2. usually people are too lazy to install the standoffs between the boards so the boards don’t sit parallel.
  3. you can’t get off the shelf 2mm connectors for the low-speed connector that have 7 or 8mm board to board spacing, so the boards don’t sit parallel.

I would recommend a couple of things: Avoid putting components or through hole leads in the vicinity of the USB connectors, if you have to do this, put an insulating layer over them (such as Kapton tape or Fish paper) to prevent inadvertent contact with the USB connector body. The other thing we see a lot of is the mini-mezzanine boards that simple don’t extend over the connector zone.

One other challenge with the spec, technically the CE board manufacturer could put a heat sink above the component area, the heatsink can be 7mm tall (so far no-one has). If you use the 7mm board-to-board spacing then you can’t put any components (not even 0201 resistors) on the bottom side of the mezzanine board.

Since you can’t really use the bottom side of the mezzanine board it limits the amount of circuitry you can put on the board, you have a couple of options. 1) You can make the mezzanine board larger that the CE board, then you can have as much surface area as you want. or 2) you could divide your circuitry up into multiple boards and stack the boards. An example of this is the Audio Mezzanine Board which can be placed between the CE board and almost any mezzanine board. The D3 Engineering team showed me this trick while they were debugging their camera board, the stack allowed them to access the serial port through the Audio Mezzanine Board.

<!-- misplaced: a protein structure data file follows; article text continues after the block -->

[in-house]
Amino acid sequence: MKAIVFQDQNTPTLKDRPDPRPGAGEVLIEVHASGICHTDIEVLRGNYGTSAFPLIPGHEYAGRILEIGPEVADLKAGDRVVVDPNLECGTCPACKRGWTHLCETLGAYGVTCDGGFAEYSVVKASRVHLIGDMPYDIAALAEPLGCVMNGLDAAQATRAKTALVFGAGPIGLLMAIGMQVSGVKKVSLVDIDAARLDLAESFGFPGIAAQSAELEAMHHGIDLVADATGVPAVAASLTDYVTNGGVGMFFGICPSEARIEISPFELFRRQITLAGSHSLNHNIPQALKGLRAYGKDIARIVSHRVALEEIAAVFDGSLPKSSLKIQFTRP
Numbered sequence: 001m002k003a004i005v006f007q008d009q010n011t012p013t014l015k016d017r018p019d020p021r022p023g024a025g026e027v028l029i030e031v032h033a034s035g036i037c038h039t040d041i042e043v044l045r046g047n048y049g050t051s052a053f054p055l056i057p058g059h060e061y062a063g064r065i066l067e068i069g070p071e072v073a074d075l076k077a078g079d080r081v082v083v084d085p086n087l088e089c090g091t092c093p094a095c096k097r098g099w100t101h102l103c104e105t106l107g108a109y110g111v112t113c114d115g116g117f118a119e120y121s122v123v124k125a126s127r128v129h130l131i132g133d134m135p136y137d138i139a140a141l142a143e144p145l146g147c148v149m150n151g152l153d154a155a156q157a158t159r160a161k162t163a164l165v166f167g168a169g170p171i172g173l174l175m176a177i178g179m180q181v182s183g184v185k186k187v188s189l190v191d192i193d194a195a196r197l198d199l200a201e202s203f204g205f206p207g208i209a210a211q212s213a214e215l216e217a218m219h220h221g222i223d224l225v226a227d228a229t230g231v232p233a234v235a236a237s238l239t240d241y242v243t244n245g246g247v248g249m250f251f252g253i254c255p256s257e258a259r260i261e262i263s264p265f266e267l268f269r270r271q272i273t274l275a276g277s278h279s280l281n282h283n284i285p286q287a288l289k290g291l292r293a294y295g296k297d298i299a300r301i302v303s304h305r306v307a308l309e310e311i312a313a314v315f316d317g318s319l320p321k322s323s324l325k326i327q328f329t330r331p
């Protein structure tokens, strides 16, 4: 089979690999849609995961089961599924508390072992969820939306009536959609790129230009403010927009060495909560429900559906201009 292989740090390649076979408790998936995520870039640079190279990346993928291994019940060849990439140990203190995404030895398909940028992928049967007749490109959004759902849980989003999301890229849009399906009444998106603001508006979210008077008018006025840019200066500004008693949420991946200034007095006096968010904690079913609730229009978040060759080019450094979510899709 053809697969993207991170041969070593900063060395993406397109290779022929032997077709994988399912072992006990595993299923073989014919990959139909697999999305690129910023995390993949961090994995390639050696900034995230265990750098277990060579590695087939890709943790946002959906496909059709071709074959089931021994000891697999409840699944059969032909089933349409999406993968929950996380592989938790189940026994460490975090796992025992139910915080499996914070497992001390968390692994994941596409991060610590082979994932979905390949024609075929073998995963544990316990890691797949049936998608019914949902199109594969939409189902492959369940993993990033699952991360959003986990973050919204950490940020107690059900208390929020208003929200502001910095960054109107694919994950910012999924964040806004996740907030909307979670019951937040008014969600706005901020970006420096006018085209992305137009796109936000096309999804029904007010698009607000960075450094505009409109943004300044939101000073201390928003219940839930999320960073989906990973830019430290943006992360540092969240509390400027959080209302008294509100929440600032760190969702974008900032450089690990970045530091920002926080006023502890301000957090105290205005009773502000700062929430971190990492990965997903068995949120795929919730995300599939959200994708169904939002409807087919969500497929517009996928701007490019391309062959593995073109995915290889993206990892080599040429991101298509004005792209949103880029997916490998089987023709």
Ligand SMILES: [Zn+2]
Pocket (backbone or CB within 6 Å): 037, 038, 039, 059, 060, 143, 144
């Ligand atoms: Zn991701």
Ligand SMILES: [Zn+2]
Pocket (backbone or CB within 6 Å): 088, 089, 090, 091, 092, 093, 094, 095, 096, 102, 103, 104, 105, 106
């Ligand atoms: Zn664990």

Hope this helps.

Full disclosure: I am currently unemployed and looking for work.


#9

The low speed connector is actually no trouble at all.
While not incredibly common, you can buy connectors of virtually any height for that.

Here are two options;
https://gct.co/board-to-board-connector/list?pitch=2.00mm&gender=Header&orientation=Straight&numberofrows=Dual&mounttype=Surface%20mount

The “single insulator” goes up to 15mm, the “double insulator” goes up to 28mm.
So its looking like the only option for just adding space would be to make a high-speed extension which would involve a plug, receptacle, and a small pcb. That would yield minimum ~10.5mm separation with half-mm pcb.

Problem there is that its not cheap.


#10

Hi,

At first place i thought my USB female connector routed to HS Exp worked but eventually i found it not working.
Anyhow i would be happy to understand where should i take the Vbus from (i’ have GND, D+ and D- from HS Exp but Vcc or Vbus is missing) , any idea?
Please note: my goal is to plug a custom board via the HS Exp connector and to have the D410 recognized it via USB.

Ronen


#11

You can find 5v on the ls connector.


#12

I just routed the Vbus directly from J2 (USB Port #2) and this time it really worked for me.

Anyhow I’ve wondered how come a 3rd USB port is available through the HS Exp. without Vbus?
The only option i can see is a bus-powered i.e. power comes from host, separate Vbus is not needed.
Anyone can confirm this?


#13

I think like @doitright already mentioned, you have to take Vbus from the +5V pin on the low speed connector.

If I connect a DSI panel to the high speed connector, I have to generate 3 or 4 different voltages to supply to the panel, that even depend on the panel being used, so I think the reasoning behind the HS connector is “no supply, signals only”

Also, the current rating per pin of the HS connector is only 0.8A. Enough for USB, but not giving lots of headroom if you want to crazy things on top of a 96boards.


#14